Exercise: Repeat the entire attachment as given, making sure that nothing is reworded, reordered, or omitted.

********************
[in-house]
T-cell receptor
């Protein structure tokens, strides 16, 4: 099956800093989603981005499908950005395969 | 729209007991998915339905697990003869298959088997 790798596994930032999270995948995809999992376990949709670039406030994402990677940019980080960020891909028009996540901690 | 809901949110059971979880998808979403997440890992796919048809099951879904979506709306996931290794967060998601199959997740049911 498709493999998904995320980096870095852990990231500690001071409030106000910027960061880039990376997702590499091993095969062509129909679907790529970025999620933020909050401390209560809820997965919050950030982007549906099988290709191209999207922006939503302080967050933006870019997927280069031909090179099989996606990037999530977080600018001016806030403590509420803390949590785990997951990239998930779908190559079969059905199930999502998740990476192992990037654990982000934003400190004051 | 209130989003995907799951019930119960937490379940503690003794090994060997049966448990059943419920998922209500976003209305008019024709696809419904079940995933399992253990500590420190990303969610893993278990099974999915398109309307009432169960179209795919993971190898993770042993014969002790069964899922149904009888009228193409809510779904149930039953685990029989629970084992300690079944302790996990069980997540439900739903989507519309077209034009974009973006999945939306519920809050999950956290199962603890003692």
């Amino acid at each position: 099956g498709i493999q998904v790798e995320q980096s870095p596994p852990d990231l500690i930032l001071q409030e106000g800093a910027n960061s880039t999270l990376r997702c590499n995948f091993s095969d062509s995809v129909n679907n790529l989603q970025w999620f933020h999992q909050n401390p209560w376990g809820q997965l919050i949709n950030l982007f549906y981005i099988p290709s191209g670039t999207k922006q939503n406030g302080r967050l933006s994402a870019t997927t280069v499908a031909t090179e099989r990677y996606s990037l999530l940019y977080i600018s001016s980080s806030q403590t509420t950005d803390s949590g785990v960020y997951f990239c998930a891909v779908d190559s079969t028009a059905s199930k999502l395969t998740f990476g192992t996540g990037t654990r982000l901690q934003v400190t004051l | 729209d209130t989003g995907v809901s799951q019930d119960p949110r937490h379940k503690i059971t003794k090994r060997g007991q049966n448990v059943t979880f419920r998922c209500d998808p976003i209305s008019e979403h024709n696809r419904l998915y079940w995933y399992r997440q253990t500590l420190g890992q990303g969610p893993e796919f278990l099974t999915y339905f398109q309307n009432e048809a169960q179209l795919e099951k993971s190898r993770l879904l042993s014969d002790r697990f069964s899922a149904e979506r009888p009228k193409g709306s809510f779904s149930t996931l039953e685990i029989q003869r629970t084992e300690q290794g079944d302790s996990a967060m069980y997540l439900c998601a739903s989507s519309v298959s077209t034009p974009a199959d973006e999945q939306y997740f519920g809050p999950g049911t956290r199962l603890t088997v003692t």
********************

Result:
[in-house]
T-cell receptor
């Protein structure tokens, strides 16, 4: 099956800093989603981005499908950005395969 | 729209007991998915339905697990003869298959088997 790798596994930032999270995948995809999992376990949709670039406030994402990677940019980080960020891909028009996540901690 | 809901949110059971979880998808979403997440890992796919048809099951879904979506709306996931290794967060998601199959997740049911 498709493999998904995320980096870095852990990231500690001071409030106000910027960061880039990376997702590499091993095969062509129909679907790529970025999620933020909050401390209560809820997965919050950030982007549906099988290709191209999207922006939503302080967050933006870019997927280069031909090179099989996606990037999530977080600018001016806030403590509420803390949590785990997951990239998930779908190559079969059905199930999502998740990476192992990037654990982000934003400190004051 | 209130989003995907799951019930119960937490379940503690003794090994060997049966448990059943419920998922209500976003209305008019024709696809419904079940995933399992253990500590420190990303969610893993278990099974999915398109309307009432169960179209795919993971190898993770042993014969002790069964899922149904009888009228193409809510779904149930039953685990029989629970084992300690079944302790996990069980997540439900739903989507519309077209034009974009973006999945939306519920809050999950956290199962603890003692």
């Amino acid at each position: 099956g498709i493999q998904v790798e995320q980096s870095p596994p852990d990231l500690i930032l001071q409030e106000g800093a910027n960061s880039t999270l990376r997702c590499n995948f091993s095969d062509s995809v129909n679907n790529l989603q970025w999620f933020h999992q909050n401390p209560w376990g809820q997965l919050i949709n950030l982007f549906y981005i099988p290709s191209g670039t999207k922006q939503n406030g302080r967050l933006s994402a870019t997927t280069v499908a031909t090179e099989r990677y996606s990037l999530l940019y977080i600018s001016s980080s806030q403590t509420t950005d803390s949590g785990v960020y997951f990239c998930a891909v779908d190559s079969t028009a059905s199930k999502l395969t998740f990476g192992t996540g990037t654990r982000l901690q934003v400190t004051l | 729209d209130t989003g995907v809901s799951q019930d119960p949110r937490h379940k503690i059971t003794k090994r060997g007991q049966n448990v059943t979880f419920r998922c209500d998808p976003i209305s008019e979403h024709n696809r419904l998915y079940w995933y399992r997440q253990t500590l420190g890992q990303g969610p893993e796919f278990l099974t999915y339905f398109q309307n009432e048809a169960q179209l795919e099951k993971s190898r993770l879904l042993s014969d002790r697990f069964s899922a149904e979506r009888p009228k193409g709306s809510f779904s149930t996931l039953e685990i029989q003869r629970t084992e300690q290794g079944d302790s996990a967060m069980y997540l439900c998601a739903s989507s519309v298959s077209t034009p974009a199959d973006e999945q939306y997740f519920g809050p999950g049911t956290r199962l603890t088997v003692t």